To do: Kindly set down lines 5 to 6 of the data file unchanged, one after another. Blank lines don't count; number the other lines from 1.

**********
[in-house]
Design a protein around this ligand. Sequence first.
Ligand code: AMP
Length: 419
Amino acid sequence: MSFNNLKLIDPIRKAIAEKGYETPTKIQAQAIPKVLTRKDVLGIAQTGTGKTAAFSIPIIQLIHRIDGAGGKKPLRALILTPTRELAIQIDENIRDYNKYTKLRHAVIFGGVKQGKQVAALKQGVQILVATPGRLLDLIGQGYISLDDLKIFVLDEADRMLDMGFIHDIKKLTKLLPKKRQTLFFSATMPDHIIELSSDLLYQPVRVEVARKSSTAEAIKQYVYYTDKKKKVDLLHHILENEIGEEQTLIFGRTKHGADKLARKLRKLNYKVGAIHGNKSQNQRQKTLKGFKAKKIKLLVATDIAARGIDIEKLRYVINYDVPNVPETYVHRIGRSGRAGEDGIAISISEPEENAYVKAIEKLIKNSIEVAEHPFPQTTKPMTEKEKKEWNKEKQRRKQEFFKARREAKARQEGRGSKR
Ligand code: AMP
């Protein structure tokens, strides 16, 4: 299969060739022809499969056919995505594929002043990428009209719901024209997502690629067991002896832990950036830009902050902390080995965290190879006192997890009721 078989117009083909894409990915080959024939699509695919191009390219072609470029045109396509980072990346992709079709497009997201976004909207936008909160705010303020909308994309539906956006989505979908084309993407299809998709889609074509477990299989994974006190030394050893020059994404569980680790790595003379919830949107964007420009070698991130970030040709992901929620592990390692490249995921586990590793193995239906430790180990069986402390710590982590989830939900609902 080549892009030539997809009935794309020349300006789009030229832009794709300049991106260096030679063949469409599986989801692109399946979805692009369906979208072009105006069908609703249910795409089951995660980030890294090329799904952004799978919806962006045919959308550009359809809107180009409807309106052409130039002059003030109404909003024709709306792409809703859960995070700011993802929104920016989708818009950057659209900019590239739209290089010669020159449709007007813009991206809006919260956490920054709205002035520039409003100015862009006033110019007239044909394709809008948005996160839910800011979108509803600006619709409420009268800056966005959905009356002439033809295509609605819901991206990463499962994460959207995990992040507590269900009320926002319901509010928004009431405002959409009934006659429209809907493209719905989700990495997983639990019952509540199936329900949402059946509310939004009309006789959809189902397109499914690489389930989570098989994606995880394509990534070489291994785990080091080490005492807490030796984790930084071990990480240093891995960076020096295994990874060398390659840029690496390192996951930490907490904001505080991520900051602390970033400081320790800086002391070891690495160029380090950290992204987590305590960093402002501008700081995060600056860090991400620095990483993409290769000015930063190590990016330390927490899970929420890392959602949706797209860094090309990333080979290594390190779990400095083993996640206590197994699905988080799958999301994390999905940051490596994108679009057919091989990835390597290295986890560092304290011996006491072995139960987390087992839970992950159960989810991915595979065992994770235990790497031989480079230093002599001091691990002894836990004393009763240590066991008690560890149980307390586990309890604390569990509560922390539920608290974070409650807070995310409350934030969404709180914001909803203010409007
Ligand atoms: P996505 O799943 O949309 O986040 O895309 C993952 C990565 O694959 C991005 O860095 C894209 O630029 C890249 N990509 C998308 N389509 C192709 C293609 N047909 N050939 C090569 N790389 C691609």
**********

Amino acid sequence: MSFNNLKLIDPIRKAIAEKGYETPTKIQAQAIPKVLTRKDVLGIAQTGTGKTAAFSIPIIQLIHRIDGAGGKKPLRALILTPTRELAIQIDENIRDYNKYTKLRHAVIFGGVKQGKQVAALKQGVQILVATPGRLLDLIGQGYISLDDLKIFVLDEADRMLDMGFIHDIKKLTKLLPKKRQTLFFSATMPDHIIELSSDLLYQPVRVEVARKSSTAEAIKQYVYYTDKKKKVDLLHHILENEIGEEQTLIFGRTKHGADKLARKLRKLNYKVGAIHGNKSQNQRQKTLKGFKAKKIKLLVATDIAARGIDIEKLRYVINYDVPNVPETYVHRIGRSGRAGEDGIAISISEPEENAYVKAIEKLIKNSIEVAEHPFPQTTKPMTEKEKKEWNKEKQRRKQEFFKARREAKARQEGRGSKR
Ligand code: AMP